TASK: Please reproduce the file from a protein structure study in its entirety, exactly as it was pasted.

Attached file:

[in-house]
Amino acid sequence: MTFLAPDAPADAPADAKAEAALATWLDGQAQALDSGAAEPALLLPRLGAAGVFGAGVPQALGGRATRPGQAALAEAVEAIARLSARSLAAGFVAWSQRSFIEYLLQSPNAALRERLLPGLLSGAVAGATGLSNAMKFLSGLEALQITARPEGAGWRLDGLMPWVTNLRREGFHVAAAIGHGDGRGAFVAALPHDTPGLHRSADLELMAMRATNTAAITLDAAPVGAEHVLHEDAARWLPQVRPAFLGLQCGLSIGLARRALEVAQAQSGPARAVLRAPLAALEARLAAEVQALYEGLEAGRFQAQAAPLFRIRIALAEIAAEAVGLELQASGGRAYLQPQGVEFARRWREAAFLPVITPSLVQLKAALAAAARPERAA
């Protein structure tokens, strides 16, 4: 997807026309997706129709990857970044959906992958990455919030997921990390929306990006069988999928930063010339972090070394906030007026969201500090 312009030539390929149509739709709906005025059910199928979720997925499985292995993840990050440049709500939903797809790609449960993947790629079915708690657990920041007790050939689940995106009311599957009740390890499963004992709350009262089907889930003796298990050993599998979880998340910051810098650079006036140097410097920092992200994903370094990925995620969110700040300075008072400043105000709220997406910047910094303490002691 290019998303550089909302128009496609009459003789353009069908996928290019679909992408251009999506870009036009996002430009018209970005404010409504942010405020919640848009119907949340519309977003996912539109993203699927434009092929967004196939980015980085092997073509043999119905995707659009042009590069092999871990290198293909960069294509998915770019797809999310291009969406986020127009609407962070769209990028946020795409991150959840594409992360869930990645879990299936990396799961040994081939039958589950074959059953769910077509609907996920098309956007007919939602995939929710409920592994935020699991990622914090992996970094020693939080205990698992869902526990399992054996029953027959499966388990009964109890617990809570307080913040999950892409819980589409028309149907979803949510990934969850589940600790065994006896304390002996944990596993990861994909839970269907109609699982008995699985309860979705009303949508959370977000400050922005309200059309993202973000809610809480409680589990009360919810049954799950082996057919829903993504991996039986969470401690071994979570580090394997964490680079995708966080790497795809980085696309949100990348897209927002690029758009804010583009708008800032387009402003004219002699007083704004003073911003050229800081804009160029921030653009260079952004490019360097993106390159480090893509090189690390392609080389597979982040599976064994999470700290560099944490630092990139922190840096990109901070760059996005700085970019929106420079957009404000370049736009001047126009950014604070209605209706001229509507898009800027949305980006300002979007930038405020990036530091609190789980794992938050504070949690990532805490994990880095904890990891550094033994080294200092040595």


[in-house]
Amino acid sequence: MTFLAPDAPADAPADAKAEAALATWLDGQAQALDSGAAEPALLLPRLGAAGVFGAGVPQALGGRATRPGQAALAEAVEAIARLSARSLAAGFVAWSQRSFIEYLLQSPNAALRERLLPGLLSGAVAGATGLSNAMKFLSGLEALQITARPEGAGWRLDGLMPWVTNLRREGFHVAAAIGHGDGRGAFVAALPHDTPGLHRSADLELMAMRATNTAAITLDAAPVGAEHVLHEDAARWLPQVRPAFLGLQCGLSIGLARRALEVAQAQSGPARAVLRAPLAALEARLAAEVQALYEGLEAGRFQAQAAPLFRIRIALAEIAAEAVGLELQASGGRAYLQPQGVEFARRWREAAFLPVITPSLVQLKAALAAAARPERAA
């Protein structure tokens, strides 16, 4: 997807026309997706129709990857970044959906992958990455919030997921990390929306990006069988999928930063010339972090070394906030007026969201500090 312009030539390929149509739709709906005025059910199928979720997925499985292995993840990050440049709500939903797809790609449960993947790629079915708690657990920041007790050939689940995106009311599957009740390890499963004992709350009262089907889930003796298990050993599998979880998340910051810098650079006036140097410097920092992200994903370094990925995620969110700040300075008072400043105000709220997406910047910094303490002691 290019998303550089909302128009496609009459003789353009069908996928290019679909992408251009999506870009036009996002430009018209970005404010409504942010405020919640848009119907949340519309977003996912539109993203699927434009092929967004196939980015980085092997073509043999119905995707659009042009590069092999871990290198293909960069294509998915770019797809999310291009969406986020127009609407962070769209990028946020795409991150959840594409992360869930990645879990299936990396799961040994081939039958589950074959059953769910077509609907996920098309956007007919939602995939929710409920592994935020699991990622914090992996970094020693939080205990698992869902526990399992054996029953027959499966388990009964109890617990809570307080913040999950892409819980589409028309149907979803949510990934969850589940600790065994006896304390002996944990596993990861994909839970269907109609699982008995699985309860979705009303949508959370977000400050922005309200059309993202973000809610809480409680589990009360919810049954799950082996057919829903993504991996039986969470401690071994979570580090394997964490680079995708966080790497795809980085696309949100990348897209927002690029758009804010583009708008800032387009402003004219002699007083704004003073911003050229800081804009160029921030653009260079952004490019360097993106390159480090893509090189690390392609080389597979982040599976064994999470700290560099944490630092990139922190840096990109901070760059996005700085970019929106420079957009404000370049736009001047126009950014604070209605209706001229509507898009800027949305980006300002979007930038405020990036530091609190789980794992938050504070949690990532805490994990880095904890990891550094033994080294200092040595």